Should I Consider An RRSP Loan?

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by Enoch Omololu


Advertiser Disclosure

I’m sure you have heard people talk about the so-called “RRSP Season” that ends on March 1, 2022. I was a part of that conversation in my article on how to increase your Canada Child Benefits by contributing to your RRSP.

To clear the air a bit, you can contribute to your Registered Retirement Savings Plan (RRSP) all year round as long as you have an RRSP contribution room.

The 60 days deadline every new calendar year (e.g. January 1 – March 1, 2022) is just a deadline for RRSP contributions that you can claim in deductions for the prior calendar year’s tax return (e.g. 2021 tax year).

In order to use up their RRSP contribution room, some Canadians take out RRSP loans. When does it make sense to take out an RRSP loan?

Related: Group RRSPs: Are You Leaving Money On The Table?

Taking Out an RRSP Loan

At this time of the year (i.e. RRSP Season), lenders advertise to anyone who cares to listen to consider taking an RRSP loan so they can save up for retirement.

So what’s the catch? Is it a good idea to take out an RRSP loan? When should you consider an RRSP loan?

You get an RRSP contribution room every year that you have earned income. The contribution room is 18% of your income up to a maximum amount of $29,210 (2022) or $27,830 (2021).

One of the reasons individuals consider taking out RRSP loans is because they have accumulated RRSP contribution room and they really want to start putting something away for retirement.

Should I Take Out An RRSP Loan?

Scenarios where an RRSP loan may make sense

1. You are in a high tax bracket

It generally makes sense to put funds in your RRSP if you are in a tax bracket that is higher now than what it would be when you are in retirement. The higher your tax bracket now compared to when you retire, the greater the tax savings.

This differential in taxes paid now as opposed to later may make the case for maximizing your RRSP first before using up your Tax-Free Savings Account.

Also, the tax refund you get back from making RRSP contributions is based on your marginal tax rate. When using an RRSP loan, the plan could be to pay back a substantial part of the loan with a tax refund.

For example, say your income is $100,000 and you take a loan of $9,000 to contribute to your RRSP. At a marginal tax rate of 43.4% (Manitoba), you can expect a tax refund of $3,906. This refund amount (43.4% of your total loan amount) can significantly lower the overall interest you pay on the loan.

2. You want to pay off your loan quickly

Even if you are in a high tax bracket, taking out an RRSP loan only makes sense if you can pay it off quickly.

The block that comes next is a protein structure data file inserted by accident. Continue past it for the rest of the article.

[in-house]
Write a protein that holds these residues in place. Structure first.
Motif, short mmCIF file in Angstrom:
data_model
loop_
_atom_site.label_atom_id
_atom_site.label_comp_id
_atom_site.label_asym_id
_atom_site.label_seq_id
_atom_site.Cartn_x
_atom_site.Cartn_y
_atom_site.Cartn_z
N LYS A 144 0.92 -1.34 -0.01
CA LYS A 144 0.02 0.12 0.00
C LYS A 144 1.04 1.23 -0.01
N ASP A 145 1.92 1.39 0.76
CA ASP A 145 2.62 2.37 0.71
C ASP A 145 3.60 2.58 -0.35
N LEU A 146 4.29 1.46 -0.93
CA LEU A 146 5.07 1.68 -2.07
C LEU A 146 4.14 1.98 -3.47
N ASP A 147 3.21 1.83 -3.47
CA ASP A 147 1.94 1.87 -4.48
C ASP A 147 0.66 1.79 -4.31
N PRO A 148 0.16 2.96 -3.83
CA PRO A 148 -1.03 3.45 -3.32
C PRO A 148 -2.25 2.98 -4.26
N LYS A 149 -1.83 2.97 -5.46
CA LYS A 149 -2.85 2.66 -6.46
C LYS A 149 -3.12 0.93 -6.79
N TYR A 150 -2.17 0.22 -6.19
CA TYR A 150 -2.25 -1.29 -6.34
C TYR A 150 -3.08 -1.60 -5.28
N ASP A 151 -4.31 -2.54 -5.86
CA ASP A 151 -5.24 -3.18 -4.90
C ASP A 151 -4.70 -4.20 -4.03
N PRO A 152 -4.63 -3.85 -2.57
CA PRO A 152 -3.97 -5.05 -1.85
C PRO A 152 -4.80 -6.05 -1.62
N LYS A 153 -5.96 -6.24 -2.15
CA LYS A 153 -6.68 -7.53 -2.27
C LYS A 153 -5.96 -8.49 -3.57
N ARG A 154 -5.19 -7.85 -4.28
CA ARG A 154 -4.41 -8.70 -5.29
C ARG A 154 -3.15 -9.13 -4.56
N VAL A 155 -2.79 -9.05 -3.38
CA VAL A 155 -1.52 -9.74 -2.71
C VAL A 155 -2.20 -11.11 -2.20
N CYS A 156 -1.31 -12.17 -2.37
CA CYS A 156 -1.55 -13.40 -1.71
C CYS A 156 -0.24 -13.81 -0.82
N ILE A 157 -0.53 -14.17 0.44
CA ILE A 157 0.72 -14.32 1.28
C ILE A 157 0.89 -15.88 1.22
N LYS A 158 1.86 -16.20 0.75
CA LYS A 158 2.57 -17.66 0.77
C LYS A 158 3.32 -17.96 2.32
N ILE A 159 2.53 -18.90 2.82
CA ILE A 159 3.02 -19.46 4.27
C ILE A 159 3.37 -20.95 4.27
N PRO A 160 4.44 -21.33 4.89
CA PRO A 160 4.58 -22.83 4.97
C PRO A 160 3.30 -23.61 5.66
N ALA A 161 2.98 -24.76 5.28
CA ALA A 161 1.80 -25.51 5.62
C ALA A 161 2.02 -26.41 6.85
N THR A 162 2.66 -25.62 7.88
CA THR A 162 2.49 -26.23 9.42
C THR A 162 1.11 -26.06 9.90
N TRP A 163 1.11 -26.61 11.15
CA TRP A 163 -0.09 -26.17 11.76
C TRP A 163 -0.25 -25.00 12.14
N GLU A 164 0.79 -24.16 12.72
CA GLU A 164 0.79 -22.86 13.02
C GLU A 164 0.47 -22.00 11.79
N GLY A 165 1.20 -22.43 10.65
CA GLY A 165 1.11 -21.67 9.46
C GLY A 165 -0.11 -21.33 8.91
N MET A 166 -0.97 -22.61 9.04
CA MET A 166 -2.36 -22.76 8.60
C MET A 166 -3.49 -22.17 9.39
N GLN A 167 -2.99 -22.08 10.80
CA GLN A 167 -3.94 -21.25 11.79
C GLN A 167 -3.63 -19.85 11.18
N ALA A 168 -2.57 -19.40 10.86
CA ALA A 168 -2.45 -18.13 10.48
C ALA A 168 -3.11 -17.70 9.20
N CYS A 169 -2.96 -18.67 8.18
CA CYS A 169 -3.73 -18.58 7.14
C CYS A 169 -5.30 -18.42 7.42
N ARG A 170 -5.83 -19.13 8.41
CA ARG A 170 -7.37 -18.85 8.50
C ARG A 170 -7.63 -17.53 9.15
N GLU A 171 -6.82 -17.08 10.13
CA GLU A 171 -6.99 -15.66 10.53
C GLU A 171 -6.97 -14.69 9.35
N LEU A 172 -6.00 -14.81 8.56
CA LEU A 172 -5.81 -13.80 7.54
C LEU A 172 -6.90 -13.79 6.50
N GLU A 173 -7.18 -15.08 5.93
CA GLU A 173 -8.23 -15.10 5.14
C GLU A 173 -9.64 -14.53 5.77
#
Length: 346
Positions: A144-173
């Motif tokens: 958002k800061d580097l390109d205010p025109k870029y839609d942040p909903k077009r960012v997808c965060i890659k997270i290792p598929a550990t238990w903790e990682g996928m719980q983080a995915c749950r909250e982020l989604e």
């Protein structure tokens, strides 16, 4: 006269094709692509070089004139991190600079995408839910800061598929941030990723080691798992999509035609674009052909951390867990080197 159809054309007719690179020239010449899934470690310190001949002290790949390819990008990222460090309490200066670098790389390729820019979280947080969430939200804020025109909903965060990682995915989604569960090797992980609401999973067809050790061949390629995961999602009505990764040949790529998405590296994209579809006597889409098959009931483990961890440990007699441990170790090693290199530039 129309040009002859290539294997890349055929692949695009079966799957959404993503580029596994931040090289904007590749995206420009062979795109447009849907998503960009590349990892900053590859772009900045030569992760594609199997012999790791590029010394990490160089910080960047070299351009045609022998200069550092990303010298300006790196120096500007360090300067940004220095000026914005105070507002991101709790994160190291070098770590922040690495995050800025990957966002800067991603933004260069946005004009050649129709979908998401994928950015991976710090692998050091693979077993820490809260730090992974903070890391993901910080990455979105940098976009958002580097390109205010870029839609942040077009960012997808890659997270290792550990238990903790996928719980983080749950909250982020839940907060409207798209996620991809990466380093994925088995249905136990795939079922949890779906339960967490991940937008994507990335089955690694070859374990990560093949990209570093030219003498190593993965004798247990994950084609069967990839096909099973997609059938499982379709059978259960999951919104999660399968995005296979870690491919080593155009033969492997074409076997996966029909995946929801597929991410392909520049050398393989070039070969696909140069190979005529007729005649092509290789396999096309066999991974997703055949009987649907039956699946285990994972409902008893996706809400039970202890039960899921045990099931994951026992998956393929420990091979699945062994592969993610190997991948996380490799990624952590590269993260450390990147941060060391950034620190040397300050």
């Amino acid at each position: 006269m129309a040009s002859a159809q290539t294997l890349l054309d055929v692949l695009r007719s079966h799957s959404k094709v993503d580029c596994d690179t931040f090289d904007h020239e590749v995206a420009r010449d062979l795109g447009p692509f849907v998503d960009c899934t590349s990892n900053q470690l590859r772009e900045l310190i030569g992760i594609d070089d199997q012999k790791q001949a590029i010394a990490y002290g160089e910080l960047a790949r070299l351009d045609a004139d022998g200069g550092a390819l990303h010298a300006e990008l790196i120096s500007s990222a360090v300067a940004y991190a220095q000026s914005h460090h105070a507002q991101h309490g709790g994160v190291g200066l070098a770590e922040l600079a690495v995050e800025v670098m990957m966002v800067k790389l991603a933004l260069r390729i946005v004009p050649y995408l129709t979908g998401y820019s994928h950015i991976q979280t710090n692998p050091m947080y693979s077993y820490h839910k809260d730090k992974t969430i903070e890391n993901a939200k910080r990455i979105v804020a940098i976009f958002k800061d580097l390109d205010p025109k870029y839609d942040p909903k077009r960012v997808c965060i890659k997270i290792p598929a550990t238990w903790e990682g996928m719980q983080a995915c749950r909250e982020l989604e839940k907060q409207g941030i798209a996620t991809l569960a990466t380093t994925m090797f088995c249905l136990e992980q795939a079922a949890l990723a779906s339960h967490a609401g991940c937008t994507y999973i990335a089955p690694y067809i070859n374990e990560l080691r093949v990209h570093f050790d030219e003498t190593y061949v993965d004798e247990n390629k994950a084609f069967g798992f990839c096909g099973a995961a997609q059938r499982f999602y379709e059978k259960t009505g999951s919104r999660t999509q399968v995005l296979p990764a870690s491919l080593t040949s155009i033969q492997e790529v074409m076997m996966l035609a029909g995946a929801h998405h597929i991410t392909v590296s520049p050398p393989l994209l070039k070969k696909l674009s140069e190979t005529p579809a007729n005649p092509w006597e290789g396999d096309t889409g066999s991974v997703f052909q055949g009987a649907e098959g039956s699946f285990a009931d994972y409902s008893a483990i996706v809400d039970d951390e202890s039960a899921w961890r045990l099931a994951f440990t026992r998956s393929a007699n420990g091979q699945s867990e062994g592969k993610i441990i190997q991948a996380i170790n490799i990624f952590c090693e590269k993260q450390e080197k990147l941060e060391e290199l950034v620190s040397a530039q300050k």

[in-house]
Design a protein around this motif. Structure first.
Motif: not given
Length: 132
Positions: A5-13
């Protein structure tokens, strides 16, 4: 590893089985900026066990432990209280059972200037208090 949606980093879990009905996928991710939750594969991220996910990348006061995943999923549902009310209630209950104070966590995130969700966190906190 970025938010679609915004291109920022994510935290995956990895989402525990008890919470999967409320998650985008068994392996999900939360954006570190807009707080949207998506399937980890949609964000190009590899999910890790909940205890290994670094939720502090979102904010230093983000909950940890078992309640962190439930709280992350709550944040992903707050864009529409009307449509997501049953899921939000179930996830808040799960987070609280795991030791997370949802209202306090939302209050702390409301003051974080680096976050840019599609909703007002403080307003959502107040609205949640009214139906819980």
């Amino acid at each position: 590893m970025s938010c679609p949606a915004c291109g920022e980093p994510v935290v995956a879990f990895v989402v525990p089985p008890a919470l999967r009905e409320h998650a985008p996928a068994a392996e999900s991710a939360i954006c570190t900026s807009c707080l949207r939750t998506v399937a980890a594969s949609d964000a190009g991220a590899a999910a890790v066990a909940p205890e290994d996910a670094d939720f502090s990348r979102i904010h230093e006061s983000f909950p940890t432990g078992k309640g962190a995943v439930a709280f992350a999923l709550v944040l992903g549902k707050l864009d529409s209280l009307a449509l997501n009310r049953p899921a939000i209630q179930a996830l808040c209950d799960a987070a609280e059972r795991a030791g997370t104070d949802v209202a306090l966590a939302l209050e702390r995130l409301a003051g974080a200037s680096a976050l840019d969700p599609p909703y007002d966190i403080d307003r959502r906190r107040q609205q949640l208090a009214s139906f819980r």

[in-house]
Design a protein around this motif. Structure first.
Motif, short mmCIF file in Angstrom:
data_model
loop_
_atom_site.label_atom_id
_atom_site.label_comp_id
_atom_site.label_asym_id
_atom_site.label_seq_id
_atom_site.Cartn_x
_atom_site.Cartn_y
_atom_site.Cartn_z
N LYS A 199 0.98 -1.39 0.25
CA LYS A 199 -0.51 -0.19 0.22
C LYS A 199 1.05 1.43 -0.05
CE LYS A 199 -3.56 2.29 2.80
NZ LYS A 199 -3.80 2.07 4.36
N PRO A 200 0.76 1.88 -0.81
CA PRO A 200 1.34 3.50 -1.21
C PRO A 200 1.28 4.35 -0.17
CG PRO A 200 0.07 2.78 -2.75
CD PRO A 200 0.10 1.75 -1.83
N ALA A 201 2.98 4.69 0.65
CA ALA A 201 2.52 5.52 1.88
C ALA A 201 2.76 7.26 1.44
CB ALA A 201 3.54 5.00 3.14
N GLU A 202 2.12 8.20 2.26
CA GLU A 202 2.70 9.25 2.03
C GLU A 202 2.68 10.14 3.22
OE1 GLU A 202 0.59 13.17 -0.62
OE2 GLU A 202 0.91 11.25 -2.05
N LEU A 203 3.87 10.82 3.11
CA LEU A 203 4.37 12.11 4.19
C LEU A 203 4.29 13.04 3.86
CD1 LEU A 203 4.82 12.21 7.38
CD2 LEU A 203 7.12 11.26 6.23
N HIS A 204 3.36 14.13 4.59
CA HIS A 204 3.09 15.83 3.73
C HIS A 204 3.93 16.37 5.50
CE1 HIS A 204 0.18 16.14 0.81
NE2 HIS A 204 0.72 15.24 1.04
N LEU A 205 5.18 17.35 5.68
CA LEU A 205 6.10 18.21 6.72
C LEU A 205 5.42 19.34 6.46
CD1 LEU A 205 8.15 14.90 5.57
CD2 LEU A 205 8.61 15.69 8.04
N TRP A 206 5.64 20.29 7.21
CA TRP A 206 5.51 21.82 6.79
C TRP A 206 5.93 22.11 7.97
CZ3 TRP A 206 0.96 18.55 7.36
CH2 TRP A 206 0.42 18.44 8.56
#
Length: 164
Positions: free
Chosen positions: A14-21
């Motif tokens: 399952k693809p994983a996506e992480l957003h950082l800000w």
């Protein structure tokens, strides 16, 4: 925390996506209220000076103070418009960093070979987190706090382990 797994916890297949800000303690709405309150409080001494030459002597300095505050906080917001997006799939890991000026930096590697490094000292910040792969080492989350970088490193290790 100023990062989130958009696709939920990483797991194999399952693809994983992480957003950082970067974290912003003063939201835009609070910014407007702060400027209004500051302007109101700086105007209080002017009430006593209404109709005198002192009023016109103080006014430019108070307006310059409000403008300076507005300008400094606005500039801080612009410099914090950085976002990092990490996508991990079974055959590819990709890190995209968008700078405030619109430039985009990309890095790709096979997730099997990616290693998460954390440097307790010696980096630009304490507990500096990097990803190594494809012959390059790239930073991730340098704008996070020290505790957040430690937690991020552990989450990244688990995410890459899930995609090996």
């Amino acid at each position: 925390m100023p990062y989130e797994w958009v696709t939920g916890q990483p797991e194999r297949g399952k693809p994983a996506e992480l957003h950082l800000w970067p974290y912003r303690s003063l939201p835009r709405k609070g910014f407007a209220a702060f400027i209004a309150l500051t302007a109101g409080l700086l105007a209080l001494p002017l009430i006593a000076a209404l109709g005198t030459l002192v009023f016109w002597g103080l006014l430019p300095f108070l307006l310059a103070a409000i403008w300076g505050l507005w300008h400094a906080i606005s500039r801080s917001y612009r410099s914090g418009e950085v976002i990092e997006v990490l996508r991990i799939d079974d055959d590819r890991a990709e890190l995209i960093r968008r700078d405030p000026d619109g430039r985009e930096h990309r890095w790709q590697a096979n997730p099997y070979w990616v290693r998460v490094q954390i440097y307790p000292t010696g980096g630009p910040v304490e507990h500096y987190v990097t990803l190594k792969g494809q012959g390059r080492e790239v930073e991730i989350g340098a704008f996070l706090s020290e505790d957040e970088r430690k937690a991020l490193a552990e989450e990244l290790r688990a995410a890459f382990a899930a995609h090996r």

Although borrowing cost is lower these days, you still pay interest on RRSP loans. The longer you owe the bank, the more interest you will pay in total.

Interest paid on an RRSP loan is not tax-deductible. Therefore, if you can’t afford to pay off the loan quickly (in a year or less), the bank may turn out to be the only winner!

One strategy to ensure you pay interest on the loan for just a few weeks is to only borrow the amount you are expecting back as a tax refund.

When not to take out an RRSP loan

1. You are in a low tax bracket

If you are currently earning a low income, you may want to carry forward your RRSP contribution room to future years when your income is higher.

A low tax bracket also means low tax savings. Utilizing your annual TFSA contribution limit may be the savvy thing to do for now.

2. You have other high-interest debt

If you have credit card debt and other high-interest debt, it is better to focus on paying off these debts and not take on further debt via an RRSP loan.

The interest rate payable (20% or greater) on credit card debt far outweighs any potential returns you will make from investing in your RRSP. Pay off high-interest debt first!

3. You have poor financial discipline with debt

If you find it difficult to pay off debts you owe, taking on any kind of debt is a bad idea.


Not everyone has money lying around to invest lump sum in an RRSP. One way to get around the last-minute rush to beat the “RRSP Season” deadline is to make regular small contributions throughout the year.

If you are considering taking out an RRSP loan, carefully consider the interest rate being offered, your marginal tax rate, and your ability to pay back the loan quickly. 

Also Read:

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Enoch Omololu

Enoch Omololu is a personal finance expert and a veterinarian. He has a master’s degree in Finance and Investment Management from the University of Aberdeen Business School (Scotland) and has completed several courses and certificates in finance, including the Canadian Securities Course. He also has an MSc. in Agricultural Economics from the University of Manitoba and a Doctor of Veterinary Medicine degree from the University of Ibadan. Enoch has a passion for helping others win with their personal finances and has been writing about money matters for over a decade. He has been featured or quoted in The Globe and Mail, Winnipeg Free Press, Wealthsimple, Financial Post, Toronto Star, CTV News, Canadian Securities Exchange, Credit Canada, National Post, CIBC, and many other personal finance publications.

His top investment tools include Wealthsimple and Questrade. He earns cash back on purchases using KOHO, monitors his credit score for free using Borrowell, and earns interest on savings through EQ Bank.

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